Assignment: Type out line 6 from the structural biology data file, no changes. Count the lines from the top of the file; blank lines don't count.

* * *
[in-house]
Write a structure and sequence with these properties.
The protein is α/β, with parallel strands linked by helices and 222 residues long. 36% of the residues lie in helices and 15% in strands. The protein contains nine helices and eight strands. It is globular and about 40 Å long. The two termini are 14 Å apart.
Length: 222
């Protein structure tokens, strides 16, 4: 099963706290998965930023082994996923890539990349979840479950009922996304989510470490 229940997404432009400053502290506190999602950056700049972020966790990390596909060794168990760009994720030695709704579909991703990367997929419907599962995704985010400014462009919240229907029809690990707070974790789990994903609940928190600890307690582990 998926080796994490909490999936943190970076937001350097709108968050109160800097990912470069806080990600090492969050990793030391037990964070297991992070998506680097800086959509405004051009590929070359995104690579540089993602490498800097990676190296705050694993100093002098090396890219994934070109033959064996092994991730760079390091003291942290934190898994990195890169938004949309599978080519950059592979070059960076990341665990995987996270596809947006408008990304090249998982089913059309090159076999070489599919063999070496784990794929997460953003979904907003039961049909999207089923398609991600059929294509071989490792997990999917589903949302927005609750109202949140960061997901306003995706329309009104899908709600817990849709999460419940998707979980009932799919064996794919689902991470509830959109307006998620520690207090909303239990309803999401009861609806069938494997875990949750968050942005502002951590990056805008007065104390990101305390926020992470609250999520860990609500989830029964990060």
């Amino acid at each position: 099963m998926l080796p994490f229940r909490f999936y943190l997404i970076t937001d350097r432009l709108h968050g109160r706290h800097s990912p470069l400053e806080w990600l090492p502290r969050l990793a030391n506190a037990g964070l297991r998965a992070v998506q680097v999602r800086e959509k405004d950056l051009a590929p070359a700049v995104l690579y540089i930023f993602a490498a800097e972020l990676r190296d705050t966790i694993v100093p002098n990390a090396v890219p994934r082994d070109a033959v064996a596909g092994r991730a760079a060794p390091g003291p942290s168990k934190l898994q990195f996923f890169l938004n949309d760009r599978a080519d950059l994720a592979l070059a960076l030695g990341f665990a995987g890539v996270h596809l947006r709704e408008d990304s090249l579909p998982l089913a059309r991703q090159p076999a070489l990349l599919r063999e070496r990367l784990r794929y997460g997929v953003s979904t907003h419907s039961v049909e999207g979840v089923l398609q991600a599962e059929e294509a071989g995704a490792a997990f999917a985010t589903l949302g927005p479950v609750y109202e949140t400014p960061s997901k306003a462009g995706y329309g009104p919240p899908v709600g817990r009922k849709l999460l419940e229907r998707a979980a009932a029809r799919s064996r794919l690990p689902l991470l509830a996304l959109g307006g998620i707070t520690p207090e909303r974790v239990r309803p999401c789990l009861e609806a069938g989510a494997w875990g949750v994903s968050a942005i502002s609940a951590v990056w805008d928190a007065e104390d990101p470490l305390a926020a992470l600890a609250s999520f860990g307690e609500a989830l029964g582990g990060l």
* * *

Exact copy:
């Amino acid at each position: 099963m998926l080796p994490f229940r909490f999936y943190l997404i970076t937001d350097r432009l709108h968050g109160r706290h800097s990912p470069l400053e806080w990600l090492p502290r969050l990793a030391n506190a037990g964070l297991r998965a992070v998506q680097v999602r800086e959509k405004d950056l051009a590929p070359a700049v995104l690579y540089i930023f993602a490498a800097e972020l990676r190296d705050t966790i694993v100093p002098n990390a090396v890219p994934r082994d070109a033959v064996a596909g092994r991730a760079a060794p390091g003291p942290s168990k934190l898994q990195f996923f890169l938004n949309d760009r599978a080519d950059l994720a592979l070059a960076l030695g990341f665990a995987g890539v996270h596809l947006r709704e408008d990304s090249l579909p998982l089913a059309r991703q090159p076999a070489l990349l599919r063999e070496r990367l784990r794929y997460g997929v953003s979904t907003h419907s039961v049909e999207g979840v089923l398609q991600a599962e059929e294509a071989g995704a490792a997990f999917a985010t589903l949302g927005p479950v609750y109202e949140t400014p960061s997901k306003a462009g995706y329309g009104p919240p899908v709600g817990r009922k849709l999460l419940e229907r998707a979980a009932a029809r799919s064996r794919l690990p689902l991470l509830a996304l959109g307006g998620i707070t520690p207090e909303r974790v239990r309803p999401c789990l009861e609806a069938g989510a494997w875990g949750v994903s968050a942005i502002s609940a951590v990056w805008d928190a007065e104390d990101p470490l305390a926020a992470l600890a609250s999520f860990g307690e609500a989830l029964g582990g990060l």